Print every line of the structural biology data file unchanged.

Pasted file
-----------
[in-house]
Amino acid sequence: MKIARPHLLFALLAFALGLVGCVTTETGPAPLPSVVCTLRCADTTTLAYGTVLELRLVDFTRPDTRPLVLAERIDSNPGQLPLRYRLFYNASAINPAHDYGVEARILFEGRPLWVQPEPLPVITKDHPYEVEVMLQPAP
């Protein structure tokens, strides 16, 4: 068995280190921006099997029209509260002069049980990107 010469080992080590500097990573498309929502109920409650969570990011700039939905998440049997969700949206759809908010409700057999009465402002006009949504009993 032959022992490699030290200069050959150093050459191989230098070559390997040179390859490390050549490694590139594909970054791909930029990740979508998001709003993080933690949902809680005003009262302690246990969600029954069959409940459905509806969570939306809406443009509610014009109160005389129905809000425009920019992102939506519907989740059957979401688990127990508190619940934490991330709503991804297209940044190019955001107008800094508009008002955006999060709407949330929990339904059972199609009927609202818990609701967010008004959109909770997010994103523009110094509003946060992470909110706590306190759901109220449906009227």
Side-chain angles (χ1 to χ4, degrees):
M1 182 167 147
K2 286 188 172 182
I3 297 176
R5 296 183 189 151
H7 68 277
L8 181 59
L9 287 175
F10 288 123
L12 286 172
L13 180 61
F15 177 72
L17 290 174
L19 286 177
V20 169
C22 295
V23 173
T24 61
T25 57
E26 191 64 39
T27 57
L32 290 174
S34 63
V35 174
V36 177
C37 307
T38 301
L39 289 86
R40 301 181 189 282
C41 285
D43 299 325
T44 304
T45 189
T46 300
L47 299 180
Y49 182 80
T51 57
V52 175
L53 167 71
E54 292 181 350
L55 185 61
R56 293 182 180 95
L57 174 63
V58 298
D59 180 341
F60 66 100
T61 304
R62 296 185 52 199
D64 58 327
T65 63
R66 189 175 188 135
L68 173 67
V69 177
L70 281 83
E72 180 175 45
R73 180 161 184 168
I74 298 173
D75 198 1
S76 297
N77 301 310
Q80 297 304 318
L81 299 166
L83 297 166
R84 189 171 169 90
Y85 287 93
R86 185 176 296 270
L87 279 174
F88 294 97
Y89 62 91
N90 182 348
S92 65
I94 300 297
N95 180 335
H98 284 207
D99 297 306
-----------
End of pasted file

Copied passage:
[in-house]
Amino acid sequence: MKIARPHLLFALLAFALGLVGCVTTETGPAPLPSVVCTLRCADTTTLAYGTVLELRLVDFTRPDTRPLVLAERIDSNPGQLPLRYRLFYNASAINPAHDYGVEARILFEGRPLWVQPEPLPVITKDHPYEVEVMLQPAP
């Protein structure tokens, strides 16, 4: 068995280190921006099997029209509260002069049980990107 010469080992080590500097990573498309929502109920409650969570990011700039939905998440049997969700949206759809908010409700057999009465402002006009949504009993 032959022992490699030290200069050959150093050459191989230098070559390997040179390859490390050549490694590139594909970054791909930029990740979508998001709003993080933690949902809680005003009262302690246990969600029954069959409940459905509806969570939306809406443009509610014009109160005389129905809000425009920019992102939506519907989740059957979401688990127990508190619940934490991330709503991804297209940044190019955001107008800094508009008002955006999060709407949330929990339904059972199609009927609202818990609701967010008004959109909770997010994103523009110094509003946060992470909110706590306190759901109220449906009227």
Side-chain angles (χ1 to χ4, degrees):
M1 182 167 147
K2 286 188 172 182
I3 297 176
R5 296 183 189 151
H7 68 277
L8 181 59
L9 287 175
F10 288 123
L12 286 172
L13 180 61
F15 177 72
L17 290 174
L19 286 177
V20 169
C22 295
V23 173
T24 61
T25 57
E26 191 64 39
T27 57
L32 290 174
S34 63
V35 174
V36 177
C37 307
T38 301
L39 289 86
R40 301 181 189 282
C41 285
D43 299 325
T44 304
T45 189
T46 300
L47 299 180
Y49 182 80
T51 57
V52 175
L53 167 71
E54 292 181 350
L55 185 61
R56 293 182 180 95
L57 174 63
V58 298
D59 180 341
F60 66 100
T61 304
R62 296 185 52 199
D64 58 327
T65 63
R66 189 175 188 135
L68 173 67
V69 177
L70 281 83
E72 180 175 45
R73 180 161 184 168
I74 298 173
D75 198 1
S76 297
N77 301 310
Q80 297 304 318
L81 299 166
L83 297 166
R84 189 171 169 90
Y85 287 93
R86 185 176 296 270
L87 279 174
F88 294 97
Y89 62 91
N90 182 348
S92 65
I94 300 297
N95 180 335
H98 284 207
D99 297 306